Things are looking promising for the new national airline and it could come on board by the end of the year, Transport Minister Fifi Kwetey has said.
“We are very much on course, we needed to allow the transnational advisers [Pricewaterhouse Coopers] to give us the totality of the picture, which I will say we are virtually almost there now…it’s looking very promising,” he told the media in an interview Monday April 11 at the Kotoka International Airport on the sidelines of the inauguration of a fuel terminal built by Puma Energy.
Meanwhile the Republic of Ghana will not take up any equity in the new national airline in the offing, Deputy Minister of Transport Joyce Bawah-Mogtari said on Thursday March 24 on Class91.3fm.
Ghana Airways became Ghana International Airlines in 2004, with the Government of Ghana owning 70% shares, and a U.S. consortium, GIA-USA, owning 30% of the airline. Bitter legal rivalry between the shareholders, since 2006, eventually led to the collapse of the airline. GIA’s problems were worsened by the withdrawal of subventions by the Government of Ghana and the eventual suspension of its operations by the majority shareholder. The airline declared bankruptcy in July 2010.
The Government of Ghana, at the time, said embezzlement of ticket sales by management of the national carrier, was to blame for the suspension of operations. Head of Cost and Accounting at GIA at the time John Oduro told the media in mid-July that GIA employees had not been paid since April 2010. “What has really worsened our situation has been the withdrawal of government support for the company on May 7, 2010. We had our last flight on May 7 and since then, the Aircraft has been withdrawn because government could not commit itself to the extension of the work-lift arrangement we had with Astraus Air.”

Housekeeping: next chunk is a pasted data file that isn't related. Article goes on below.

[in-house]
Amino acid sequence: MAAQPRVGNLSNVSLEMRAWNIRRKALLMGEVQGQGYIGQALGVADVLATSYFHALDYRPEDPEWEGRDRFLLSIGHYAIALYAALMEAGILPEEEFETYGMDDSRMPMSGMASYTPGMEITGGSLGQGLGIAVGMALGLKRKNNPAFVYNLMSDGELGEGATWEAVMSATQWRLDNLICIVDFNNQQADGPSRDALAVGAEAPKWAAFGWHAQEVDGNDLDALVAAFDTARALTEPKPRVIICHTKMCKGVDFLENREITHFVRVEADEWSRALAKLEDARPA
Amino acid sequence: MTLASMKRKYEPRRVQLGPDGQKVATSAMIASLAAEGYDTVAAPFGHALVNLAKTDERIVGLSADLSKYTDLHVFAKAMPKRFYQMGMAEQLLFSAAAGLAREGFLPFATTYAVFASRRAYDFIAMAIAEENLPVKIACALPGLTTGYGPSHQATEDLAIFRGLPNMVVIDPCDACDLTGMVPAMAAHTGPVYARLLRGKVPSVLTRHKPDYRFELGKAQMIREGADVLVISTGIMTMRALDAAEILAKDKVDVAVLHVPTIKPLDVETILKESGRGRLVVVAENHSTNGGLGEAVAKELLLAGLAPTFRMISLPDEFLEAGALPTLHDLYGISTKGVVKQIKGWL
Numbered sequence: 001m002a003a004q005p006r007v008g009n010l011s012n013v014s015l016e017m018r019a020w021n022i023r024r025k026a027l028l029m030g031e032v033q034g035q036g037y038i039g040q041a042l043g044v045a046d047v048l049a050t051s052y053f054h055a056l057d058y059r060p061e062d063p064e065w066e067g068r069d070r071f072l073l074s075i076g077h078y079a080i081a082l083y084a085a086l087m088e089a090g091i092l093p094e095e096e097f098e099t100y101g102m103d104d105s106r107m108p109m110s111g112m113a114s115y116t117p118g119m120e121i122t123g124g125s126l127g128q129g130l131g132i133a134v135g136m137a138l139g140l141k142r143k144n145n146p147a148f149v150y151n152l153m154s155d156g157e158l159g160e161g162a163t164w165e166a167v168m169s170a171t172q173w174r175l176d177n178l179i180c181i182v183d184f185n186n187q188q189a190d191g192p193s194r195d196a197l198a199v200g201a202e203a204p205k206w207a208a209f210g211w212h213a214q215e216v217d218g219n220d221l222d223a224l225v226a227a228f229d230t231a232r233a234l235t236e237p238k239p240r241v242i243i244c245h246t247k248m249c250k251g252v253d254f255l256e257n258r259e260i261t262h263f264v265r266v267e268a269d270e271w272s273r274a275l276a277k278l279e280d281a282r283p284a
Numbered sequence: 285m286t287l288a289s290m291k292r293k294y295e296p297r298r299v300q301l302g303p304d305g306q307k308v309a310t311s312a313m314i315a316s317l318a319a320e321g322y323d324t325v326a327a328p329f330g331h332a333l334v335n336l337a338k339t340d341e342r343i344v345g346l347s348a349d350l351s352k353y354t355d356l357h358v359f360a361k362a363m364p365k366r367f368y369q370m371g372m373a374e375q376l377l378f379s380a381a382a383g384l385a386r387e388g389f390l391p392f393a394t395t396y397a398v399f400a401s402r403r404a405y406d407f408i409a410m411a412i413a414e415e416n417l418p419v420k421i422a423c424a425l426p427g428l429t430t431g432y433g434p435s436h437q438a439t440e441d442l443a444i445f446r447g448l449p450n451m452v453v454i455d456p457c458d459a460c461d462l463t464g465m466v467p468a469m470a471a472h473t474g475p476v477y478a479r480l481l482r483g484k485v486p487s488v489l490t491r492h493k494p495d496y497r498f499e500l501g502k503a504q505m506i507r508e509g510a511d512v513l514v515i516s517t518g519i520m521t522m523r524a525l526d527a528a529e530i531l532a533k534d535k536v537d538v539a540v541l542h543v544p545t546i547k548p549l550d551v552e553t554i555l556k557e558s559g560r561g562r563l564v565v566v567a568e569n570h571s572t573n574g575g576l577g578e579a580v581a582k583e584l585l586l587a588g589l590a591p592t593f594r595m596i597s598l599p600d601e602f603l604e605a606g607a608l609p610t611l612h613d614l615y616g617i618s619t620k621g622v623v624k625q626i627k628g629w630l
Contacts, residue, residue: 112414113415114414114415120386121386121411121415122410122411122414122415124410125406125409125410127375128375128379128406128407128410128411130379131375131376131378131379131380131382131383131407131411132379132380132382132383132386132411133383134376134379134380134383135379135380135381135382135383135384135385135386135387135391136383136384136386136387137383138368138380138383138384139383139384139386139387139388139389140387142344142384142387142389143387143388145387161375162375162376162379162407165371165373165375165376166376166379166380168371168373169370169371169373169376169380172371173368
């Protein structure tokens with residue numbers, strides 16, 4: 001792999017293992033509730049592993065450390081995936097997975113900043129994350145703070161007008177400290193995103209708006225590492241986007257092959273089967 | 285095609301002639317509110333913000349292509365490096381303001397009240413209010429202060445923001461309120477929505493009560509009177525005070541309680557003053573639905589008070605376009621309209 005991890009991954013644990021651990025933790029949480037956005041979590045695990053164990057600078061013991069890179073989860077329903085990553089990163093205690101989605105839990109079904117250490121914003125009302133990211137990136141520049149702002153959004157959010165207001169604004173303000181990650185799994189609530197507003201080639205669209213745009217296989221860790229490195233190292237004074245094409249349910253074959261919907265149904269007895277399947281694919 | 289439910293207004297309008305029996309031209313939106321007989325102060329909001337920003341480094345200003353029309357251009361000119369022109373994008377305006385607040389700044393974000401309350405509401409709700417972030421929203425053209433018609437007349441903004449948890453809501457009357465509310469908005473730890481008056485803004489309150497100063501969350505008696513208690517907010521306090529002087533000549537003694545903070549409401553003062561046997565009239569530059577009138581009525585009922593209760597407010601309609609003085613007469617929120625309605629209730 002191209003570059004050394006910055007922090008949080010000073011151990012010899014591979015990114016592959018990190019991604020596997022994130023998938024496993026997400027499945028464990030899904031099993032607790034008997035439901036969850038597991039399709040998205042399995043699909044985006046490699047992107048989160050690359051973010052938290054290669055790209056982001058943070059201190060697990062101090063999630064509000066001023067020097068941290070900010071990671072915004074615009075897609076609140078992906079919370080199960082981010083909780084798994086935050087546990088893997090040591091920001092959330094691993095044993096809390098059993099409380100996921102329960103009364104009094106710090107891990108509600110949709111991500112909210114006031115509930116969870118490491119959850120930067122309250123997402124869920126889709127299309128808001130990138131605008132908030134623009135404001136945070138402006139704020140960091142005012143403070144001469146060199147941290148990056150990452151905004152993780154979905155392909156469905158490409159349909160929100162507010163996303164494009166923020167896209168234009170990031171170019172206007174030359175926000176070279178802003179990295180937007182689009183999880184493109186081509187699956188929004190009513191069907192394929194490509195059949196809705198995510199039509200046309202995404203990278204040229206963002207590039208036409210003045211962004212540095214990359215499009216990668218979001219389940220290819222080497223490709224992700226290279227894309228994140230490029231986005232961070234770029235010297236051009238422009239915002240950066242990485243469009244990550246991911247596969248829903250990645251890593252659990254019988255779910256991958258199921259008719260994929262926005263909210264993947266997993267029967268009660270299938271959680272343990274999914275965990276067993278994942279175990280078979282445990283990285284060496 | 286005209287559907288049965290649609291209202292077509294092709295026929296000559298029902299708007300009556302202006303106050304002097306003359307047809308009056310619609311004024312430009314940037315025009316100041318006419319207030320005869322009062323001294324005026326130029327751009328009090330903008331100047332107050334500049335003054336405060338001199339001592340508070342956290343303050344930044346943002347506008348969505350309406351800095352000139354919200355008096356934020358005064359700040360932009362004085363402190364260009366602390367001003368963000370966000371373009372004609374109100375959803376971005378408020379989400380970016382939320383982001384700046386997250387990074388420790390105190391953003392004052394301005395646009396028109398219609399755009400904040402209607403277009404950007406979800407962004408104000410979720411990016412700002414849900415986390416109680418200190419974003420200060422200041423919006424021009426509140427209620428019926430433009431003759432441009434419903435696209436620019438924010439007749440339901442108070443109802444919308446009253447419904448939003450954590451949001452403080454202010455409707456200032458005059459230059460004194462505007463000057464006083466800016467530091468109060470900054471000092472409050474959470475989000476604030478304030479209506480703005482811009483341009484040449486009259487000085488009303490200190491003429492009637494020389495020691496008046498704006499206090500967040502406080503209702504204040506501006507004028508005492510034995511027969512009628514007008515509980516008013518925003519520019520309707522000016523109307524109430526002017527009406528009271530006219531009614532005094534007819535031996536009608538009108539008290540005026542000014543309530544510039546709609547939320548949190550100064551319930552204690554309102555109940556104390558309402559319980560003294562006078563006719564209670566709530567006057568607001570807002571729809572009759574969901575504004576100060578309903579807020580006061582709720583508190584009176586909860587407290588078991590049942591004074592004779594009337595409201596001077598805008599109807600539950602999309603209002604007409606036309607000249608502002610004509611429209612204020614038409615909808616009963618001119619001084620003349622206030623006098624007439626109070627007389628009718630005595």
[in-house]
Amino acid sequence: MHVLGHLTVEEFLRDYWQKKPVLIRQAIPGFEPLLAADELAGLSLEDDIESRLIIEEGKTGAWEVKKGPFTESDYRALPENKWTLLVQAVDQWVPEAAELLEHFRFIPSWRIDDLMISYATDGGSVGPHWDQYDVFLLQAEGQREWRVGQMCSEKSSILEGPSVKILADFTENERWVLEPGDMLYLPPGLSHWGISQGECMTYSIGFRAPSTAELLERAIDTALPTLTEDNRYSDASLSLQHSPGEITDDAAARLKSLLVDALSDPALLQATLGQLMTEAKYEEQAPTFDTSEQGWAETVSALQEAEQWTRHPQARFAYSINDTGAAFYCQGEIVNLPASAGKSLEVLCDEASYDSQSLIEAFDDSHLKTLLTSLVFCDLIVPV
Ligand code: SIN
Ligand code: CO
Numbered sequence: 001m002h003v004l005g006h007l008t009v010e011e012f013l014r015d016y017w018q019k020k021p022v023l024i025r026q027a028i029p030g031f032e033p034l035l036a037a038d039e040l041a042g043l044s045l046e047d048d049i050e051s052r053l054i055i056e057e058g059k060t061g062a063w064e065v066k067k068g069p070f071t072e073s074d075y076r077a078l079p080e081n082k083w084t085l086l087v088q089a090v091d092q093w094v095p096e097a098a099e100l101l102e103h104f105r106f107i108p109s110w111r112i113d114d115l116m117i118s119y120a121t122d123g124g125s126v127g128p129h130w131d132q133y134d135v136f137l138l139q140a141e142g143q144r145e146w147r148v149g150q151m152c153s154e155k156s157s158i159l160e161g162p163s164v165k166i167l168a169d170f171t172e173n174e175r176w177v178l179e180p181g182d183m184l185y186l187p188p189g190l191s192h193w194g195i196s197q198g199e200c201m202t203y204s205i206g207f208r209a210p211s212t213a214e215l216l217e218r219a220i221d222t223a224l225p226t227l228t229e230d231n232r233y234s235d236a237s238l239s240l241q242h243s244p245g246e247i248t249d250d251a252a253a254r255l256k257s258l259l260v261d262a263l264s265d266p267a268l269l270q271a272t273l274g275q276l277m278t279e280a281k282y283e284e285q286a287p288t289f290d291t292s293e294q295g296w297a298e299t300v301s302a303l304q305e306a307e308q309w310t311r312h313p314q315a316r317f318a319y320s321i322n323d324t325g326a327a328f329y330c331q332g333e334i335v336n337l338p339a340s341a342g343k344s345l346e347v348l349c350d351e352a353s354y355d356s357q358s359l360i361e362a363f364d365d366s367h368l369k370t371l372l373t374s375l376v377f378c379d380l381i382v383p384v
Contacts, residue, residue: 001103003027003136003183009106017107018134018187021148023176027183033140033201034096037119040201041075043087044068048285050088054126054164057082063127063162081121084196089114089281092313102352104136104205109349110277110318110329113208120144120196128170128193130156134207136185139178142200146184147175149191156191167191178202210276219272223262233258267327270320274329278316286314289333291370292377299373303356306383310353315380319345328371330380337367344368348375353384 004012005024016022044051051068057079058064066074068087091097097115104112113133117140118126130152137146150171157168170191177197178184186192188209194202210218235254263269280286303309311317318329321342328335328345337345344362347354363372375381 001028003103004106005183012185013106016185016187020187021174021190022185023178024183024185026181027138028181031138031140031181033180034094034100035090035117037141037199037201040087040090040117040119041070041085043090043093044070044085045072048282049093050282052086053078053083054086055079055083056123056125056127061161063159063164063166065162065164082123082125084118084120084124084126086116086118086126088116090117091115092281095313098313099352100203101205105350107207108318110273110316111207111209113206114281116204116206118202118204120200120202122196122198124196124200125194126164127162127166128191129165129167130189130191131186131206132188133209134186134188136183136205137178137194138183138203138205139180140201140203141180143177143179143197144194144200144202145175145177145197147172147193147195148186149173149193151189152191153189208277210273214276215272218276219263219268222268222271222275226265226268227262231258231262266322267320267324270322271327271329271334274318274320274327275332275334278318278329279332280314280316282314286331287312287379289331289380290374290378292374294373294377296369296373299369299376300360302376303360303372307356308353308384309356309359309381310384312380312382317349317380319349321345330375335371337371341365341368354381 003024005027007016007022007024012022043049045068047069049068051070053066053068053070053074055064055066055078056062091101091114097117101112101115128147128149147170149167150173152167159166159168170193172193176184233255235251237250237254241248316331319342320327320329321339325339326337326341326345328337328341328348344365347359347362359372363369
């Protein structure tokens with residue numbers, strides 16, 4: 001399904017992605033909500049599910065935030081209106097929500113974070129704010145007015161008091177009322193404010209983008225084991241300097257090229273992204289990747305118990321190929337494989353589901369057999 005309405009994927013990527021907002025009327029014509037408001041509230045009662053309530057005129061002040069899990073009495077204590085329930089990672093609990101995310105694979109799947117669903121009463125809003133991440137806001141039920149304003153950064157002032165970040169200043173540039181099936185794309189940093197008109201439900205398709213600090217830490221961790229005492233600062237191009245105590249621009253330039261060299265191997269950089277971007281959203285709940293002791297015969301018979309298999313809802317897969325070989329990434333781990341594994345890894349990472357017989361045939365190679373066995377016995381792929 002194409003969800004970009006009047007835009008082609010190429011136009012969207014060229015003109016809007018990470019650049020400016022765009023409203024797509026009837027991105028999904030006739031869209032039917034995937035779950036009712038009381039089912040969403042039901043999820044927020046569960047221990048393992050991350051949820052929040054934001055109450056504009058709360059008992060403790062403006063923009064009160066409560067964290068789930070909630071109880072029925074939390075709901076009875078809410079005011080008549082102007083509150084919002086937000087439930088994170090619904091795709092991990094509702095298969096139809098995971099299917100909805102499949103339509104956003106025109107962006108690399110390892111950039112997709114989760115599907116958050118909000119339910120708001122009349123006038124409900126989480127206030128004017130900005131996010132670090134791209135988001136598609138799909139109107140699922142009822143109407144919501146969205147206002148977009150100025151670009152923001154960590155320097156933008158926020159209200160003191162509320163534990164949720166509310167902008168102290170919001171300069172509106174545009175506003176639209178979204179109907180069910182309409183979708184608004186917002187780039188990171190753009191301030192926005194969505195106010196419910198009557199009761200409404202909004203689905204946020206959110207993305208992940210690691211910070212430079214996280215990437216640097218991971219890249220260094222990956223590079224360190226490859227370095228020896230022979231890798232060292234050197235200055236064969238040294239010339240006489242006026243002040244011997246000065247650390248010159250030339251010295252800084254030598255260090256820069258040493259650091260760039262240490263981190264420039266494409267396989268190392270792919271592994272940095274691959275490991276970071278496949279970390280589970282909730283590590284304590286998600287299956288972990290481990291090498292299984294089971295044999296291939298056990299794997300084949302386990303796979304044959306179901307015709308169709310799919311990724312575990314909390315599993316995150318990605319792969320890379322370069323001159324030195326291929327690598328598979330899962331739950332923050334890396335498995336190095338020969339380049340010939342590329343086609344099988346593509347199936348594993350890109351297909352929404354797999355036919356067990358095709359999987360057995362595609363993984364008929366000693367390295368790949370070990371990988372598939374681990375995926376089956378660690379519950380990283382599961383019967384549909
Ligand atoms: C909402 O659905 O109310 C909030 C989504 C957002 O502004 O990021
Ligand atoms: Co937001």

Mr Oduro revealed that due to the absence of the aircraft, the company had about 9,000 passengers stranded in Ghana, and several others in London and New York. He said GIA spent close to 120,000 dollars on hotel bills for the stranded passengers in Accra alone. The airline had to refund monies to all the stranded passengers eventually. Mr Oduro said at the time that it would be a total waste of the taxpayer’s money for a company that owed the nation close to 64 million dollars at the time to collapse.